Carbohydrates for Better and Worse

LIKE AN EASY MIDDLE CHILD, carbohydrates were once overlooked. Fats got most of the attention and fruits and vegetables the praise. That changed with the emergence and incredible popularity of the Atkins, South Beach, and other low-carb diets. Almost overnight, carbohydrates plummeted from being the “go to” foods for healthy eating and weight loss to culinary creeps.As is the case with so many popular fads, the case against carbs began with a kernel of good science that has since been lost in hype and in the tragic generalization that all carbohydrates are the same.

In this article from the Food Properties section, we take a look at all the necessary information about this topic. Stay with 4teenweightloss .

In most parts of the world, carbohydrates provide the lion’s share of calories. They contribute more toward weight maintenance or weight gain than any other nutrient. By wielding control over blood sugar, they have a critical influence on the development of diabetes, one of the fastest- growing chronic diseases in the United States and around the world. Last, but certainly not least, the type of carbohydrate in your diet may be as important as the type of fat in the development of heart disease, or protection against it, something largely ignored in the popular media.
In fact, eating the right type of carbohydrate—meaning grains that are as intact and unprocessed as possible— stands right next to maintaining your weight and choosing the right kind of fat in the foundation of a healthy diet.
Until the low-carb diet returned from oblivion a few years ago, the prevailing attitude was that all so-called complex carbohydrates are good, or at least benign, compared with fats. This idea came from rather simplistic looks at diet and disease in China and other developing countries. In general,
the Chinese eat mostly carbohydrates, with a sprinkling of protein and fat. They also have very low rates of heart disease. Putting one and one together, some dietary experts concluded that the low rates of heart disease in China were the result of the high-carbohydrate, low-fat diet and transplanted that idea to the West. The “carbohydrates are good” message has been a key part of the recommendations from the American Heart Association, American Cancer Society, and World Health Organization. It has also traditionally formed the base of the USDA’s dietary recommendation.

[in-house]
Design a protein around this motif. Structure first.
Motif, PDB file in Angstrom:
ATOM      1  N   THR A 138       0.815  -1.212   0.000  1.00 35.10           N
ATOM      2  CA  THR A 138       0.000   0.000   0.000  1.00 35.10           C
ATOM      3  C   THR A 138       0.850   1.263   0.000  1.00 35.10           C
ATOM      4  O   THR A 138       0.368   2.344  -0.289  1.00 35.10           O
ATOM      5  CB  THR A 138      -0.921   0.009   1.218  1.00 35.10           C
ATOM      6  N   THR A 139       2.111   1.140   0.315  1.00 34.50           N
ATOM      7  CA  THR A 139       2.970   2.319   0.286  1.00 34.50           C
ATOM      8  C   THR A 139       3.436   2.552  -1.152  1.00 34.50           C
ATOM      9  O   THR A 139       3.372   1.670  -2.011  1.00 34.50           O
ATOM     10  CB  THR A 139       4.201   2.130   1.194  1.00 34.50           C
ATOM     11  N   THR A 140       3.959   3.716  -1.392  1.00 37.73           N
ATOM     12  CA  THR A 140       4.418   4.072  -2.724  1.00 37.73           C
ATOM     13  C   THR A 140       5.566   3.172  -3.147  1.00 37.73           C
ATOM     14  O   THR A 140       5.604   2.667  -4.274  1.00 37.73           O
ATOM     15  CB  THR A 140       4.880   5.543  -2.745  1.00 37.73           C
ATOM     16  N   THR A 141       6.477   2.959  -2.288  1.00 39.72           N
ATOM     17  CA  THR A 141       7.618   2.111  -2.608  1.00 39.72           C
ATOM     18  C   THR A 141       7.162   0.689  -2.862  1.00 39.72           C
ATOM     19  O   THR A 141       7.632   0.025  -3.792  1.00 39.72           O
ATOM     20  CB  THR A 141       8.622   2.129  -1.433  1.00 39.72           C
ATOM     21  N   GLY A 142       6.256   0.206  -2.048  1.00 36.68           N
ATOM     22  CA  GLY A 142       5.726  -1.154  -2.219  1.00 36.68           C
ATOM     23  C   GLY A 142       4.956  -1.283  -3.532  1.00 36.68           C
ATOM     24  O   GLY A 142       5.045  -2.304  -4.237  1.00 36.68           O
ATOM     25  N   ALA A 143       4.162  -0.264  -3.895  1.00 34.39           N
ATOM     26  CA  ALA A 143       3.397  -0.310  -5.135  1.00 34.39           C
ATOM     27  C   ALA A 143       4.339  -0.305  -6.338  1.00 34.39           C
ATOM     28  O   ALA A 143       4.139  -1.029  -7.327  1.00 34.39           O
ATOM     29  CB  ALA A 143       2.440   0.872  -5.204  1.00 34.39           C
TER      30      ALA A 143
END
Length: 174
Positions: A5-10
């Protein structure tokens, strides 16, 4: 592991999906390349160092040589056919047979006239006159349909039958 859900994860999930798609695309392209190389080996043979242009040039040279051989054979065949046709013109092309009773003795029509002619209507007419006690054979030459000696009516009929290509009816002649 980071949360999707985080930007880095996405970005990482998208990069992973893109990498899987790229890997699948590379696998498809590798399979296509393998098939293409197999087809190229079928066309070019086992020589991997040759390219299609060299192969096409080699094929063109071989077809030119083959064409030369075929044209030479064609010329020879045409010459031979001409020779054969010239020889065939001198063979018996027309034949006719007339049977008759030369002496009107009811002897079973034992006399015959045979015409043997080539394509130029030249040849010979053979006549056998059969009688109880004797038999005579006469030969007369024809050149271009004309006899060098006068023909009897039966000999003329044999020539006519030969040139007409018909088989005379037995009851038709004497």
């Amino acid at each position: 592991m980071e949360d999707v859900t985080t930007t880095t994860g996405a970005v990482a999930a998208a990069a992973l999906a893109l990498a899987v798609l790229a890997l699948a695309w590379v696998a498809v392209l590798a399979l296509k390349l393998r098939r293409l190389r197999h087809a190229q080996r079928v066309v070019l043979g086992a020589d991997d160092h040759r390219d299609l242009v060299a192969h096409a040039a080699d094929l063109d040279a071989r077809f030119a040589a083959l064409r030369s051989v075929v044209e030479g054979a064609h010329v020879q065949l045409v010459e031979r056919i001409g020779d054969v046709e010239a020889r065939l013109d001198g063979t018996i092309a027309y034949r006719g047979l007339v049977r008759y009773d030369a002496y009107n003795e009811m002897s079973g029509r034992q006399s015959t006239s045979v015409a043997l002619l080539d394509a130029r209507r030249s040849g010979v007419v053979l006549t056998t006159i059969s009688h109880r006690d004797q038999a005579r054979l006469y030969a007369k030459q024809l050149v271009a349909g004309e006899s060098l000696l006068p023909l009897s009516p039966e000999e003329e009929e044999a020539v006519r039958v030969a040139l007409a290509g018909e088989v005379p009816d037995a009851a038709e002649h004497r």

Like many transplants, though, this one isn’t doing so well on foreign soil. Even as we tried to cut back on fat and ate more carbohydrates, we got fatter as a nation. The steady decline in rates of death due to heart disease that occurred during the 1970s and early 1980s has slowed. And the percentage of adult Americans with diabetes has almost tripled over the last 20 years. This tough-to-manage disease now affects an estimated 18 million Americans. Around the world, the number of adults with diabetes is expected to jump from 135 million in 1995 to 300 million by 2025.



Why isn’t a higher-carbohydrate diet paying off for us the same way it appears to for the Chinese? On average, the Chinese weigh less and are much more physically active than we are. Weight and exercise matter—high-carbohydrate diets have different effects on lean, active people than they do on overweight, sedentary people. So simply eating a high-carbohydrate diet doesn’t offer blanket protection against heart disease, cancer, and diabetes, something the Chinese are also learning. In Beijing, for example, there has been a 400 percent increase in diabetes over the last few years as desk jobs replace manual labor and carbohydrate intake remains high.